Rightshifting Transitions (Part 1)
[From the Archive: Originally posted at Amplify.com Mar 2, 2011]
The Essence of the Three Rightshifting Transitions
Part 1 – Ad-hoc to Analytic
The Marshall Model proposes that there are three fundamental transitions that any business will encounter on its rightshifting journey (i.e. the journey to significantly improved organisational effectiveness).
Encountering these transitions is inevitable, although businesses generally do not recognise a transition when they (most often, unwittingly) bump into it. And given the low probability of making a successful transition, any one business may repeatedly bump into the same transition some number of times.
The first transition, and the one we’ll discuss here today, is that from the Ad-hoc mindset to the Analytic mindset.
Ad-hoc to Analytic
Few businesses, when starting out, recognise the need for – and value of – discipline. And even those that do recognise this need will, at their outset, likely have few disciplines in place. New and successful ad-hoc businesses can grow for some months or even years before they get to the point where the folks in charge decide that “things just can’t go on any more being as disorganised as they have been”.
At this point the business begins to tinker with introducing some management structure, methods, controls, policies, procedures, oversight, etc, and thus begins the transition towards the Analytic mindset.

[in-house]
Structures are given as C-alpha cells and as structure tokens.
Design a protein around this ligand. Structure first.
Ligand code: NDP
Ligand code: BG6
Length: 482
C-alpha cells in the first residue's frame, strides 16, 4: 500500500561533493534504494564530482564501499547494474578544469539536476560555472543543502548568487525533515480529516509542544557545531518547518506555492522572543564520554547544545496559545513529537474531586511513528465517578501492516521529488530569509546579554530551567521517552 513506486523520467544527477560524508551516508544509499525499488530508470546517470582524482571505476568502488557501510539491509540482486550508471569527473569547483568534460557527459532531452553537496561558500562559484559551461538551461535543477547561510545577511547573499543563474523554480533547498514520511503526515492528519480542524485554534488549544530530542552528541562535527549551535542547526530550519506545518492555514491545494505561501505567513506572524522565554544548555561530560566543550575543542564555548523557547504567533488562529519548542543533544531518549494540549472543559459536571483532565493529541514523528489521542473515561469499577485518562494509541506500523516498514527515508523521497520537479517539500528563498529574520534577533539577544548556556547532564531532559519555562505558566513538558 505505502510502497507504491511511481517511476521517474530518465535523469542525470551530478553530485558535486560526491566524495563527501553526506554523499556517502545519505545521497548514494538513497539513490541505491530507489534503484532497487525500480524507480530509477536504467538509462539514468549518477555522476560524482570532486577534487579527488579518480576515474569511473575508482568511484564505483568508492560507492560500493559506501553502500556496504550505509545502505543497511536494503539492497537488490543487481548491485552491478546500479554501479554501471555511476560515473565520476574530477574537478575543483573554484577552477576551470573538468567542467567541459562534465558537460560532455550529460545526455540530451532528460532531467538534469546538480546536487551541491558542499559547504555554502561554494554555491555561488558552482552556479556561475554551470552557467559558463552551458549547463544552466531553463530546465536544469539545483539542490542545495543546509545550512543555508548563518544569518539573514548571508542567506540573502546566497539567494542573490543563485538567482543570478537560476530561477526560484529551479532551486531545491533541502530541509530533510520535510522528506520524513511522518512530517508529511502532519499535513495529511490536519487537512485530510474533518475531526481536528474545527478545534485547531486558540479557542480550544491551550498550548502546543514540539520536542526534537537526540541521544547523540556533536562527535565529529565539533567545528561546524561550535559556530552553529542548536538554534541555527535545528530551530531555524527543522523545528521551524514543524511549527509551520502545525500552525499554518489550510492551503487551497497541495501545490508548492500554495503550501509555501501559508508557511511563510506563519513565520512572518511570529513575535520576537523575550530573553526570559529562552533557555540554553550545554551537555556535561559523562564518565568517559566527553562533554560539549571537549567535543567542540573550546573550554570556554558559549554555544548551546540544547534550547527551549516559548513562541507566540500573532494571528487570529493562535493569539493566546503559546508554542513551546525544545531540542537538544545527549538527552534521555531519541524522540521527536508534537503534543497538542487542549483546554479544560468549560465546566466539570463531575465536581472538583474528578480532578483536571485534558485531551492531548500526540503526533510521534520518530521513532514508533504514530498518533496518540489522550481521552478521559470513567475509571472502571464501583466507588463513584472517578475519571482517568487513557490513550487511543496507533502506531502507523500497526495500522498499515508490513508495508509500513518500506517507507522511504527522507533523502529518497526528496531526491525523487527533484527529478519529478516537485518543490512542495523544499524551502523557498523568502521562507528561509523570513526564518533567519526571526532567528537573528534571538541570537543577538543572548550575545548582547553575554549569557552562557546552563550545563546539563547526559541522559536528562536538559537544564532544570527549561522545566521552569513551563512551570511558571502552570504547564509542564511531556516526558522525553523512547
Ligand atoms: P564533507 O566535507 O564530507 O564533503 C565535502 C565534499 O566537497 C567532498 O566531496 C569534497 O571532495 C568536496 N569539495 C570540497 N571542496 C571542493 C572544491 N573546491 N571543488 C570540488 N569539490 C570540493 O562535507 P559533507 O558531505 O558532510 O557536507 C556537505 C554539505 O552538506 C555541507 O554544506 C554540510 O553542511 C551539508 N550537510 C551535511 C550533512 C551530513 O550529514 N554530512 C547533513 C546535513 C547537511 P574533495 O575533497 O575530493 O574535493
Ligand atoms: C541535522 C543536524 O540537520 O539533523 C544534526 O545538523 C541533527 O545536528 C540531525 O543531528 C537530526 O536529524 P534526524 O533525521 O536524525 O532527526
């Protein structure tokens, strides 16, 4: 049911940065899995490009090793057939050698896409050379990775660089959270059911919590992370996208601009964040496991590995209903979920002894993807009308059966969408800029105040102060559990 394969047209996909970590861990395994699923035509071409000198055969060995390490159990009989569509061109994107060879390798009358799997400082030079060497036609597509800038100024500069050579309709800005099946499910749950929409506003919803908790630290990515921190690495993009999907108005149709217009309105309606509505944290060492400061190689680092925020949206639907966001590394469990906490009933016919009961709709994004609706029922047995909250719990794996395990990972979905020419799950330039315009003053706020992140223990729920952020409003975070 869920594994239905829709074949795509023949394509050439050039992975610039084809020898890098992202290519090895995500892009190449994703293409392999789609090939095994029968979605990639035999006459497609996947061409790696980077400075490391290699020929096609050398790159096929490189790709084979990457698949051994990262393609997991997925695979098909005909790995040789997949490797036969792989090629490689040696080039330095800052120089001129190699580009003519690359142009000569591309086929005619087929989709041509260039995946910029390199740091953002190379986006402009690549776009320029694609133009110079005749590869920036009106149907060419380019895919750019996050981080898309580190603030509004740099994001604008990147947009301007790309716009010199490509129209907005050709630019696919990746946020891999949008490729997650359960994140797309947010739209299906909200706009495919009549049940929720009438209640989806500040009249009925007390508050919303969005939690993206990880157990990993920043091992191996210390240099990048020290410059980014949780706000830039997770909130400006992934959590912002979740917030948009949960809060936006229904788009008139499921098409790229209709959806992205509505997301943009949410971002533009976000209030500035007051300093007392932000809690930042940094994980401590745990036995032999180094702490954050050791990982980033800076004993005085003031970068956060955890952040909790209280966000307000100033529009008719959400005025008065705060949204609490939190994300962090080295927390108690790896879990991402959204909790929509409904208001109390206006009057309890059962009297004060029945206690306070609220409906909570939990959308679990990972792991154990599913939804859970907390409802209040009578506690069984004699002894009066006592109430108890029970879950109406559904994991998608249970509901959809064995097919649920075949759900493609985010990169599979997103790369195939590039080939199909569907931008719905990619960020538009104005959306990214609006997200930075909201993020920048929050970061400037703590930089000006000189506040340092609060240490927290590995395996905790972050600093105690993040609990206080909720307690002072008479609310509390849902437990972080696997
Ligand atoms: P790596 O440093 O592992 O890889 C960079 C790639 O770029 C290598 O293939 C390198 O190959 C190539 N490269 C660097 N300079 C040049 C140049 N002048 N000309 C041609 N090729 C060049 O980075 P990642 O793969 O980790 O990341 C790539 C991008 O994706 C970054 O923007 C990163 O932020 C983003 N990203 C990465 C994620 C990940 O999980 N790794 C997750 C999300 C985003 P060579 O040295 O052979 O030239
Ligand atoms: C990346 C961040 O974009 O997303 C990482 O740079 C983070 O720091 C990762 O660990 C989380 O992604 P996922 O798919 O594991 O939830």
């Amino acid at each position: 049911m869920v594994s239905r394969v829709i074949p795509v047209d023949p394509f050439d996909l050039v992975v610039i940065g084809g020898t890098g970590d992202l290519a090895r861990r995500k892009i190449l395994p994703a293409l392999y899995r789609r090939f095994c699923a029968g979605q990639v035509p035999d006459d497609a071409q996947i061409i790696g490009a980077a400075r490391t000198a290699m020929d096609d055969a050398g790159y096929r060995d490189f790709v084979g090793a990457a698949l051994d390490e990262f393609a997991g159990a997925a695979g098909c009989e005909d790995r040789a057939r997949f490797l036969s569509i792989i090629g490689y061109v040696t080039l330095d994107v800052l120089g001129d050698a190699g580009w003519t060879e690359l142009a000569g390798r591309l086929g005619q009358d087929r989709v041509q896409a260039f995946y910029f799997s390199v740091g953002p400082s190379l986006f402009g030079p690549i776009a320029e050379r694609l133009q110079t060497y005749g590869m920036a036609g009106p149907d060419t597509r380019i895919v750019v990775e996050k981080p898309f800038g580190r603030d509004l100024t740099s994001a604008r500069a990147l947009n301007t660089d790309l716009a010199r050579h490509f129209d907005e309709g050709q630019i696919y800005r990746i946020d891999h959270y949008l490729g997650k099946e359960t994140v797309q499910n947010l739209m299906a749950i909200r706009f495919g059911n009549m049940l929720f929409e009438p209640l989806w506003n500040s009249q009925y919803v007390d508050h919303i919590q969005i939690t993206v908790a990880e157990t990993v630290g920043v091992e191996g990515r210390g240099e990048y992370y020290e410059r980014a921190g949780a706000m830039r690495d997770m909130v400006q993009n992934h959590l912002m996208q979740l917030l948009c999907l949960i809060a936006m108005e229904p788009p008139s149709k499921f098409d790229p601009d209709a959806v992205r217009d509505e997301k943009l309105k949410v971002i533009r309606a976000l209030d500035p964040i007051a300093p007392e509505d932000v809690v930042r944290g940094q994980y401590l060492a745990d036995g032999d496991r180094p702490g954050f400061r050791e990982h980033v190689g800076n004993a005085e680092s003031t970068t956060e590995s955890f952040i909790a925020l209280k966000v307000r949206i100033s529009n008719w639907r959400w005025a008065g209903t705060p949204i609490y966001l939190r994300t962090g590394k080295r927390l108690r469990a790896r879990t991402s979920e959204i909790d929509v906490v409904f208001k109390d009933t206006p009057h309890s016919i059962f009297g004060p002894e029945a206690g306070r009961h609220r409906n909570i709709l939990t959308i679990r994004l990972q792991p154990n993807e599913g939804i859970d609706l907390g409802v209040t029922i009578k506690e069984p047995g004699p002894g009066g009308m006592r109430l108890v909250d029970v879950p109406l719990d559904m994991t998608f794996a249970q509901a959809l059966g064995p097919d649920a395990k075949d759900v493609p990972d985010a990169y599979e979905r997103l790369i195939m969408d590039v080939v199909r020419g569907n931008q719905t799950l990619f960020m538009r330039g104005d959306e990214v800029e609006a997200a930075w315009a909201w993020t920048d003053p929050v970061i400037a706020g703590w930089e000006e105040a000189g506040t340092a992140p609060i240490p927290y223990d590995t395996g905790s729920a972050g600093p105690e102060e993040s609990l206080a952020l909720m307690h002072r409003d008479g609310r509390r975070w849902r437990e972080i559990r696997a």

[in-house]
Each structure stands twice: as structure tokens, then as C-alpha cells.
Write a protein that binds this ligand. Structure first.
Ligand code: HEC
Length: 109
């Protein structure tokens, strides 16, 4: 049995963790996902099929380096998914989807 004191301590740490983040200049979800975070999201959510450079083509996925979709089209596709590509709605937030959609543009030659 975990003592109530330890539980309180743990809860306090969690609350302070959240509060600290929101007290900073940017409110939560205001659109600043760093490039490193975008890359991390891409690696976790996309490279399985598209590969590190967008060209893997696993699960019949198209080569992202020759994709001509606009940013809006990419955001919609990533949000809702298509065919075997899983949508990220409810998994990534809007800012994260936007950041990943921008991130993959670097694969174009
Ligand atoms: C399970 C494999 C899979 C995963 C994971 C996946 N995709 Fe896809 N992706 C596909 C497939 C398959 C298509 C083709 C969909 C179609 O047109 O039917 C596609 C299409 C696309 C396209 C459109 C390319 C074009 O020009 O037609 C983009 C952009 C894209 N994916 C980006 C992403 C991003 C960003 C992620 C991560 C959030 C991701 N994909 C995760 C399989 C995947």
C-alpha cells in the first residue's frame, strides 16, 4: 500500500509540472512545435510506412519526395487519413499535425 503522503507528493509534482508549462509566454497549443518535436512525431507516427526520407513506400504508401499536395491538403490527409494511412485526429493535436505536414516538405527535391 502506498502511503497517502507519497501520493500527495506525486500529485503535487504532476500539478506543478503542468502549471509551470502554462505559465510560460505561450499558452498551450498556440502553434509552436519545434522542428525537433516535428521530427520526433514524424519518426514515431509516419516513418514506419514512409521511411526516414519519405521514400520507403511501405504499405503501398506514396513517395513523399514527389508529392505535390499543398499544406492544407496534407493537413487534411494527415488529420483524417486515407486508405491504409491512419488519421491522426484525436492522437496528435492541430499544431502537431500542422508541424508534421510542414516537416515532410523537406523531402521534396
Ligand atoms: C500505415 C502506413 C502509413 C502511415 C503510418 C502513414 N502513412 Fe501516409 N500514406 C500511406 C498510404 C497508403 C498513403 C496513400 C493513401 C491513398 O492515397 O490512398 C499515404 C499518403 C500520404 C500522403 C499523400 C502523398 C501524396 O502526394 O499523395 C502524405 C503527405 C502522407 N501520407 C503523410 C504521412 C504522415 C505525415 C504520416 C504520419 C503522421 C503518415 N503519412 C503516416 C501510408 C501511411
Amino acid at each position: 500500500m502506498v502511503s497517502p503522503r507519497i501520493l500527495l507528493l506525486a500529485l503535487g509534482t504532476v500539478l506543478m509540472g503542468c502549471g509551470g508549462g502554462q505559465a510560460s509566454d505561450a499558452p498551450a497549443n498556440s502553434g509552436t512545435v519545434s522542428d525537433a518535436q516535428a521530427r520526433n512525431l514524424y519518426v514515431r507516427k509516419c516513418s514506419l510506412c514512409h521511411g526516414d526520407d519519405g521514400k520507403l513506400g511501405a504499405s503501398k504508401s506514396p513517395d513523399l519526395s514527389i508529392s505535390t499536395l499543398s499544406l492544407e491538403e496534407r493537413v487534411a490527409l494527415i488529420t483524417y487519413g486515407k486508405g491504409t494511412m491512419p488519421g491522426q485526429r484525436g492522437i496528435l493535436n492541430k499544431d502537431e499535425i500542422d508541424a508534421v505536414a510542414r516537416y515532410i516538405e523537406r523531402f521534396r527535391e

For those people in the business who have been used to making things up as they go along – and equally, not used to being held accountable, nor to following processes, conforming to standards, and so on – these changes can be very traumatic. Some of these folks may grudgingly adapt, others may quit, and some may even be required to leave (i.e. fired).
If the transition is successful (and many are not), the business finds itself with a markedly different view of the world of work, where management hierarchy, budgets, meetings, lines of reporting and so on replace the previous free-for-all. It’s almost always less fun, but at least it’s generally a little more effective than continuing in the the near-chaos of the Ad-hoc mindset. Customers are probably a little happier, and growing the business becomes a little more tolerable and predictable once more.
Thus the successful Ad-hoc to Analytic transition educates a business (retrospectively, for the most part) as to the value of discipline. Of course, some things are also lost along the way, most notably in my view, any kind of humanity and respect for the individual.
Next time we’ll take a look at the second transition: from the Analytic mindset to the Synergistic mindset.